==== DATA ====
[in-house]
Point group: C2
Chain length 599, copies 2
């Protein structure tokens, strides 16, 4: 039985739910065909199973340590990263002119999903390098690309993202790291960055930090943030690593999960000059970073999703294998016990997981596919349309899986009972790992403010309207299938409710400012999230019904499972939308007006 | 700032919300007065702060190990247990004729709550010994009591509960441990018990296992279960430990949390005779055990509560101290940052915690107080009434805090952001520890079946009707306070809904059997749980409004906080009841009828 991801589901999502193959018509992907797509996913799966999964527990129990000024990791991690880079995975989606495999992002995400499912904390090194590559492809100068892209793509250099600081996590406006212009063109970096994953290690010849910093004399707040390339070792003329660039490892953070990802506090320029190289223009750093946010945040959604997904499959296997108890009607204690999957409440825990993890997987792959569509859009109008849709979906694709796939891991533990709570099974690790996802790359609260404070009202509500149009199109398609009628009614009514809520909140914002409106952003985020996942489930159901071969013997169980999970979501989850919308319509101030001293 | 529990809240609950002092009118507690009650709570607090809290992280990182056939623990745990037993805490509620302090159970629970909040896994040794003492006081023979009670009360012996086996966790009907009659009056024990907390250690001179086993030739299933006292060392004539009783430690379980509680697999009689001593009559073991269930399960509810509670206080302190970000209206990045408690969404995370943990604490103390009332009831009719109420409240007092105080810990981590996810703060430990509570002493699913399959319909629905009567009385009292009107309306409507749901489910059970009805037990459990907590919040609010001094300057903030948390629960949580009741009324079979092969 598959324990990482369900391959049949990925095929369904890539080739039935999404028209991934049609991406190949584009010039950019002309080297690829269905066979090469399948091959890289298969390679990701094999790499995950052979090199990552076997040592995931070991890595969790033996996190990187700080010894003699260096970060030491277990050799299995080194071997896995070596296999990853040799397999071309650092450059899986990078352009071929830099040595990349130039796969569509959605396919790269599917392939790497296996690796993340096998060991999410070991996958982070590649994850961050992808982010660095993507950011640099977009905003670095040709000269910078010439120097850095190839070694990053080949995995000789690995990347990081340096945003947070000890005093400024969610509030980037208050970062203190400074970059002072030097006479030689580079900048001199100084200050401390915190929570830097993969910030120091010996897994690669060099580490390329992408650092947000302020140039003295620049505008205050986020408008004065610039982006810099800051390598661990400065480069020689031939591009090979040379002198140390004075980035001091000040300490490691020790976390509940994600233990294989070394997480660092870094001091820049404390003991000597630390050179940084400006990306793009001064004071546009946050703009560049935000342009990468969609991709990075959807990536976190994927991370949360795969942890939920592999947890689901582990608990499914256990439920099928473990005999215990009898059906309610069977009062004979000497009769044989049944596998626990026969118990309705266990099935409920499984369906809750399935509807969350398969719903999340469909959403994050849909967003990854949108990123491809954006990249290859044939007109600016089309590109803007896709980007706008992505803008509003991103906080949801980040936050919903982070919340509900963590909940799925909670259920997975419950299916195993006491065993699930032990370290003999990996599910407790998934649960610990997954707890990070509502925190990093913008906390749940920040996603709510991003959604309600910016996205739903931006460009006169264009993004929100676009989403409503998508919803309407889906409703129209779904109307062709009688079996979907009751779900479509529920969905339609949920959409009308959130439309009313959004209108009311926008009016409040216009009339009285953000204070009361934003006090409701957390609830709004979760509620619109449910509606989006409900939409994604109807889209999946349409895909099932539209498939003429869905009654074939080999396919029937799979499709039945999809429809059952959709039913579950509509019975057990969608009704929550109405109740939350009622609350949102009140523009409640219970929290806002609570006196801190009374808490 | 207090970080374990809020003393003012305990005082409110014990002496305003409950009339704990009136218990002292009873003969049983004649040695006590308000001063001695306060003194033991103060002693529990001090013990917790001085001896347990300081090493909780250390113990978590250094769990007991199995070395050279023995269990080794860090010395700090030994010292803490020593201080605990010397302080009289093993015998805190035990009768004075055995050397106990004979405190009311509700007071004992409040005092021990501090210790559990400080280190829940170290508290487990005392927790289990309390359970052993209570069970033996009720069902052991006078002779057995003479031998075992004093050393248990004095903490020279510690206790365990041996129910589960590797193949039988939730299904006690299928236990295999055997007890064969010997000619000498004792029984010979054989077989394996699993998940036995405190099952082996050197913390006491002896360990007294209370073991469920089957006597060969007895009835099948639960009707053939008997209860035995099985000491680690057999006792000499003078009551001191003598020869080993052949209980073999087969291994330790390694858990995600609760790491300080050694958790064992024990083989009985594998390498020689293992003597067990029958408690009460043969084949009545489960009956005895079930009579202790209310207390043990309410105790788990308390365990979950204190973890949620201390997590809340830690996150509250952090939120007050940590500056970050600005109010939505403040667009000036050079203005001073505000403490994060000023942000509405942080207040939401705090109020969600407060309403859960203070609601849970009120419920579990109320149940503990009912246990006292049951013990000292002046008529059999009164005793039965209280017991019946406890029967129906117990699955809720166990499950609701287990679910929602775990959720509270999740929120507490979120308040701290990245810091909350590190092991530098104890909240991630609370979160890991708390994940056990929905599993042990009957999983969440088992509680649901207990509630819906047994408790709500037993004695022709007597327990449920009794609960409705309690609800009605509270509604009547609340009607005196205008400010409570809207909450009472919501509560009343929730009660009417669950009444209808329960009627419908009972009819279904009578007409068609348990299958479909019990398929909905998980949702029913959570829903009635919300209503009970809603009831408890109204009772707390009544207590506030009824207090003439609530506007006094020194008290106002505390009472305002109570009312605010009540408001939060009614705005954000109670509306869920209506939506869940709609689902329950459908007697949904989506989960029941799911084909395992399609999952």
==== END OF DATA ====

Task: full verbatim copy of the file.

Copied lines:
[in-house]
Point group: C2
Chain length 599, copies 2
């Protein structure tokens, strides 16, 4: 039985739910065909199973340590990263002119999903390098690309993202790291960055930090943030690593999960000059970073999703294998016990997981596919349309899986009972790992403010309207299938409710400012999230019904499972939308007006 | 700032919300007065702060190990247990004729709550010994009591509960441990018990296992279960430990949390005779055990509560101290940052915690107080009434805090952001520890079946009707306070809904059997749980409004906080009841009828 991801589901999502193959018509992907797509996913799966999964527990129990000024990791991690880079995975989606495999992002995400499912904390090194590559492809100068892209793509250099600081996590406006212009063109970096994953290690010849910093004399707040390339070792003329660039490892953070990802506090320029190289223009750093946010945040959604997904499959296997108890009607204690999957409440825990993890997987792959569509859009109008849709979906694709796939891991533990709570099974690790996802790359609260404070009202509500149009199109398609009628009614009514809520909140914002409106952003985020996942489930159901071969013997169980999970979501989850919308319509101030001293 | 529990809240609950002092009118507690009650709570607090809290992280990182056939623990745990037993805490509620302090159970629970909040896994040794003492006081023979009670009360012996086996966790009907009659009056024990907390250690001179086993030739299933006292060392004539009783430690379980509680697999009689001593009559073991269930399960509810509670206080302190970000209206990045408690969404995370943990604490103390009332009831009719109420409240007092105080810990981590996810703060430990509570002493699913399959319909629905009567009385009292009107309306409507749901489910059970009805037990459990907590919040609010001094300057903030948390629960949580009741009324079979092969 598959324990990482369900391959049949990925095929369904890539080739039935999404028209991934049609991406190949584009010039950019002309080297690829269905066979090469399948091959890289298969390679990701094999790499995950052979090199990552076997040592995931070991890595969790033996996190990187700080010894003699260096970060030491277990050799299995080194071997896995070596296999990853040799397999071309650092450059899986990078352009071929830099040595990349130039796969569509959605396919790269599917392939790497296996690796993340096998060991999410070991996958982070590649994850961050992808982010660095993507950011640099977009905003670095040709000269910078010439120097850095190839070694990053080949995995000789690995990347990081340096945003947070000890005093400024969610509030980037208050970062203190400074970059002072030097006479030689580079900048001199100084200050401390915190929570830097993969910030120091010996897994690669060099580490390329992408650092947000302020140039003295620049505008205050986020408008004065610039982006810099800051390598661990400065480069020689031939591009090979040379002198140390004075980035001091000040300490490691020790976390509940994600233990294989070394997480660092870094001091820049404390003991000597630390050179940084400006990306793009001064004071546009946050703009560049935000342009990468969609991709990075959807990536976190994927991370949360795969942890939920592999947890689901582990608990499914256990439920099928473990005999215990009898059906309610069977009062004979000497009769044989049944596998626990026969118990309705266990099935409920499984369906809750399935509807969350398969719903999340469909959403994050849909967003990854949108990123491809954006990249290859044939007109600016089309590109803007896709980007706008992505803008509003991103906080949801980040936050919903982070919340509900963590909940799925909670259920997975419950299916195993006491065993699930032990370290003999990996599910407790998934649960610990997954707890990070509502925190990093913008906390749940920040996603709510991003959604309600910016996205739903931006460009006169264009993004929100676009989403409503998508919803309407889906409703129209779904109307062709009688079996979907009751779900479509529920969905339609949920959409009308959130439309009313959004209108009311926008009016409040216009009339009285953000204070009361934003006090409701957390609830709004979760509620619109449910509606989006409900939409994604109807889209999946349409895909099932539209498939003429869905009654074939080999396919029937799979499709039945999809429809059952959709039913579950509509019975057990969608009704929550109405109740939350009622609350949102009140523009409640219970929290806002609570006196801190009374808490 | 207090970080374990809020003393003012305990005082409110014990002496305003409950009339704990009136218990002292009873003969049983004649040695006590308000001063001695306060003194033991103060002693529990001090013990917790001085001896347990300081090493909780250390113990978590250094769990007991199995070395050279023995269990080794860090010395700090030994010292803490020593201080605990010397302080009289093993015998805190035990009768004075055995050397106990004979405190009311509700007071004992409040005092021990501090210790559990400080280190829940170290508290487990005392927790289990309390359970052993209570069970033996009720069902052991006078002779057995003479031998075992004093050393248990004095903490020279510690206790365990041996129910589960590797193949039988939730299904006690299928236990295999055997007890064969010997000619000498004792029984010979054989077989394996699993998940036995405190099952082996050197913390006491002896360990007294209370073991469920089957006597060969007895009835099948639960009707053939008997209860035995099985000491680690057999006792000499003078009551001191003598020869080993052949209980073999087969291994330790390694858990995600609760790491300080050694958790064992024990083989009985594998390498020689293992003597067990029958408690009460043969084949009545489960009956005895079930009579202790209310207390043990309410105790788990308390365990979950204190973890949620201390997590809340830690996150509250952090939120007050940590500056970050600005109010939505403040667009000036050079203005001073505000403490994060000023942000509405942080207040939401705090109020969600407060309403859960203070609601849970009120419920579990109320149940503990009912246990006292049951013990000292002046008529059999009164005793039965209280017991019946406890029967129906117990699955809720166990499950609701287990679910929602775990959720509270999740929120507490979120308040701290990245810091909350590190092991530098104890909240991630609370979160890991708390994940056990929905599993042990009957999983969440088992509680649901207990509630819906047994408790709500037993004695022709007597327990449920009794609960409705309690609800009605509270509604009547609340009607005196205008400010409570809207909450009472919501509560009343929730009660009417669950009444209808329960009627419908009972009819279904009578007409068609348990299958479909019990398929909905998980949702029913959570829903009635919300209503009970809603009831408890109204009772707390009544207590506030009824207090003439609530506007006094020194008290106002505390009472305002109570009312605010009540408001939060009614705005954000109670509306869920209506939506869940709609689902329950459908007697949904989506989960029941799911084909395992399609999952």